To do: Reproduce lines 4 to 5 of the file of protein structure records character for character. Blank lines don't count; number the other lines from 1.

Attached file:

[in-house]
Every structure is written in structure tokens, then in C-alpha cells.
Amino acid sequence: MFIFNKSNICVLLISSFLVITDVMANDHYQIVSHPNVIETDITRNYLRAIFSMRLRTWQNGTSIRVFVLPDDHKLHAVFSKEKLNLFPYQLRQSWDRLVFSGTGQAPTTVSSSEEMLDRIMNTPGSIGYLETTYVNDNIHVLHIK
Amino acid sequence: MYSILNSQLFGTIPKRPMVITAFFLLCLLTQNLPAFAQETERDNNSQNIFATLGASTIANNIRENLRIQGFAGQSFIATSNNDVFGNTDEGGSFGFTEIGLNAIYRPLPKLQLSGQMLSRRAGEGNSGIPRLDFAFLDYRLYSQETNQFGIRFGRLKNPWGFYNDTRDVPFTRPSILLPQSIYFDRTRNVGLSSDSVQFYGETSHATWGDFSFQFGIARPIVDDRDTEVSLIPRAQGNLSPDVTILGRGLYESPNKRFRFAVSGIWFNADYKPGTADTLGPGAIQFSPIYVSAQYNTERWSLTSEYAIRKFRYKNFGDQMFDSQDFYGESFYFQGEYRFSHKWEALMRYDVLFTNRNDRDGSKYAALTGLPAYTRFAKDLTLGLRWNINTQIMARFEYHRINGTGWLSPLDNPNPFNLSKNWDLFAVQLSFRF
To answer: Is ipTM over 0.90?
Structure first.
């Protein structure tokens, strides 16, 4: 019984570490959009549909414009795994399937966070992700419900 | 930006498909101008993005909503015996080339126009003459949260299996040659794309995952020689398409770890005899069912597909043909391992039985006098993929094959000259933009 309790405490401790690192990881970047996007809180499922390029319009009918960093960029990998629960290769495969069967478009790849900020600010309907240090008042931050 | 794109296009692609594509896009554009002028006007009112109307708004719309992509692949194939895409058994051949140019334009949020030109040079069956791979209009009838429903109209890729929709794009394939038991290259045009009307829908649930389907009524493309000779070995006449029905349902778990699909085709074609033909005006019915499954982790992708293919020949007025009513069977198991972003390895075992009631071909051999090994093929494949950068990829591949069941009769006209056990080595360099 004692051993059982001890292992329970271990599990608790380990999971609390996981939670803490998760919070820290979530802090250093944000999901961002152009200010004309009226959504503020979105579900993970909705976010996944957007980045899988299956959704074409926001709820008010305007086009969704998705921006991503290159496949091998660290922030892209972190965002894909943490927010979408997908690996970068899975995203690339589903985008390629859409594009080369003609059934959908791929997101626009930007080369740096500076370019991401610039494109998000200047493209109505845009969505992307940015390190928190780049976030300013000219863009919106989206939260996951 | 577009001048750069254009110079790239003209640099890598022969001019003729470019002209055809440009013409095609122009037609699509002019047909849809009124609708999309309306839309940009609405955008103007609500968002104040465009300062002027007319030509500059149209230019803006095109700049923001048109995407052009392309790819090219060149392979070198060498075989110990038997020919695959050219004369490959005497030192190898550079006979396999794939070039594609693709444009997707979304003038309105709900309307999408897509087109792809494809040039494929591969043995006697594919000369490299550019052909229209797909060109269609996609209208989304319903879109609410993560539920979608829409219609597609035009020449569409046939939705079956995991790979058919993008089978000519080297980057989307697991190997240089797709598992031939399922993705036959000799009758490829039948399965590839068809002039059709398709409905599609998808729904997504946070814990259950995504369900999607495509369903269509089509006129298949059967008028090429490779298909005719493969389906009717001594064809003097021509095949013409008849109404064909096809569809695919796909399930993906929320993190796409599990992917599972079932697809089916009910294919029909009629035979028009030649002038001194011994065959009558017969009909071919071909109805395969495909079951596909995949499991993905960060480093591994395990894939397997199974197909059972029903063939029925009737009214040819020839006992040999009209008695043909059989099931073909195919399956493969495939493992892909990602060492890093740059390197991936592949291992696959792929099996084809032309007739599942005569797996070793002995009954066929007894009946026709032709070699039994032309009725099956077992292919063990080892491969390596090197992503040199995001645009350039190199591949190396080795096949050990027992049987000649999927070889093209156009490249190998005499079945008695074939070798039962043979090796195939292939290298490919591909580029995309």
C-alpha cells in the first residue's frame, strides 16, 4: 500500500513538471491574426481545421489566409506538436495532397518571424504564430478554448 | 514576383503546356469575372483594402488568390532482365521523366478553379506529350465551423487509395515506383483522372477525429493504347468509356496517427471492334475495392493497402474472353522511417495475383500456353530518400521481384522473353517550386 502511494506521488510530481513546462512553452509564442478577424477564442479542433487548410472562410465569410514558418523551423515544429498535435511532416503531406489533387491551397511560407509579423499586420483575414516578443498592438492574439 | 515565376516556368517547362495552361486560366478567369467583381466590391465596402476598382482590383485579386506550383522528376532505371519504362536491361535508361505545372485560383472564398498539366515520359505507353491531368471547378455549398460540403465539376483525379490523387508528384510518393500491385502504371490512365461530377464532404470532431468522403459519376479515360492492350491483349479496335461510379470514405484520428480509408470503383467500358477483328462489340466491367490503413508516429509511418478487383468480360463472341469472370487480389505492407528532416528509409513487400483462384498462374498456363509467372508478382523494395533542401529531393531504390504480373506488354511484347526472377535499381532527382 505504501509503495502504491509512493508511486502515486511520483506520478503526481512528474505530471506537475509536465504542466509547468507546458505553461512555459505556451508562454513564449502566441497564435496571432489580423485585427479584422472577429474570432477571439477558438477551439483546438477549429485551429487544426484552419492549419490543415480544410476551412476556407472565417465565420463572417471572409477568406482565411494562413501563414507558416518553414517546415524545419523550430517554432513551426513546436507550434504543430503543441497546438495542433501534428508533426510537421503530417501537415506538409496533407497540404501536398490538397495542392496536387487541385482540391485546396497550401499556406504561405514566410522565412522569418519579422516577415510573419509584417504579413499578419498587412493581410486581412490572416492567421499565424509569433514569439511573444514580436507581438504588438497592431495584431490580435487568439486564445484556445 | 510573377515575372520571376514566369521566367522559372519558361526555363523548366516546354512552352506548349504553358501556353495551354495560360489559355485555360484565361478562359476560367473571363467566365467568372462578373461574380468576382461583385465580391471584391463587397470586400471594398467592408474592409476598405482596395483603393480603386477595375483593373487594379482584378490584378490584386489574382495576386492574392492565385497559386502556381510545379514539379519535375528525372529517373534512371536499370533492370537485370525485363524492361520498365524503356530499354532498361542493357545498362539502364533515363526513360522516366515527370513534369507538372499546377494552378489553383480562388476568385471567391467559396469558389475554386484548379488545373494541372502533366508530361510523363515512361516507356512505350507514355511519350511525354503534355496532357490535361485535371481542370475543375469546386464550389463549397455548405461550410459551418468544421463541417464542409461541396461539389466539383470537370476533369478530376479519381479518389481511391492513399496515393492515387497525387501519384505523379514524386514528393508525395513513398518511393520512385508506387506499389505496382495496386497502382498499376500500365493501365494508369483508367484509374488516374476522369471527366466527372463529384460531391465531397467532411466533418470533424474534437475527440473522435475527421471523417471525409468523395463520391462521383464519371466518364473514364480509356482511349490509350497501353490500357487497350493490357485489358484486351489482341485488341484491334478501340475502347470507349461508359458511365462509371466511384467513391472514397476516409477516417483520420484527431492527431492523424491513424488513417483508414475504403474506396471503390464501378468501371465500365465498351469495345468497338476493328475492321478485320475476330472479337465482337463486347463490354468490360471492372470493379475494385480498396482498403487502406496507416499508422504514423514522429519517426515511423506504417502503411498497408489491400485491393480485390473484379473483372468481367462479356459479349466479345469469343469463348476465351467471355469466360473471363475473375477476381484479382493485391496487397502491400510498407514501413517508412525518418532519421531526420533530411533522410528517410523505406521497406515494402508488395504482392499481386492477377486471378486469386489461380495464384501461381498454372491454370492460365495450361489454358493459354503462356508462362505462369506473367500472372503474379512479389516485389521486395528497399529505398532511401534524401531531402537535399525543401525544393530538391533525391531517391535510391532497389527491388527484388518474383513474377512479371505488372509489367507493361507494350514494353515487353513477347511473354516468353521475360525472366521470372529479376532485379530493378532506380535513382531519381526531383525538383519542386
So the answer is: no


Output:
Amino acid sequence: MYSILNSQLFGTIPKRPMVITAFFLLCLLTQNLPAFAQETERDNNSQNIFATLGASTIANNIRENLRIQGFAGQSFIATSNNDVFGNTDEGGSFGFTEIGLNAIYRPLPKLQLSGQMLSRRAGEGNSGIPRLDFAFLDYRLYSQETNQFGIRFGRLKNPWGFYNDTRDVPFTRPSILLPQSIYFDRTRNVGLSSDSVQFYGETSHATWGDFSFQFGIARPIVDDRDTEVSLIPRAQGNLSPDVTILGRGLYESPNKRFRFAVSGIWFNADYKPGTADTLGPGAIQFSPIYVSAQYNTERWSLTSEYAIRKFRYKNFGDQMFDSQDFYGESFYFQGEYRFSHKWEALMRYDVLFTNRNDRDGSKYAALTGLPAYTRFAKDLTLGLRWNINTQIMARFEYHRINGTGWLSPLDNPNPFNLSKNWDLFAVQLSFRF
To answer: Is ipTM over 0.90?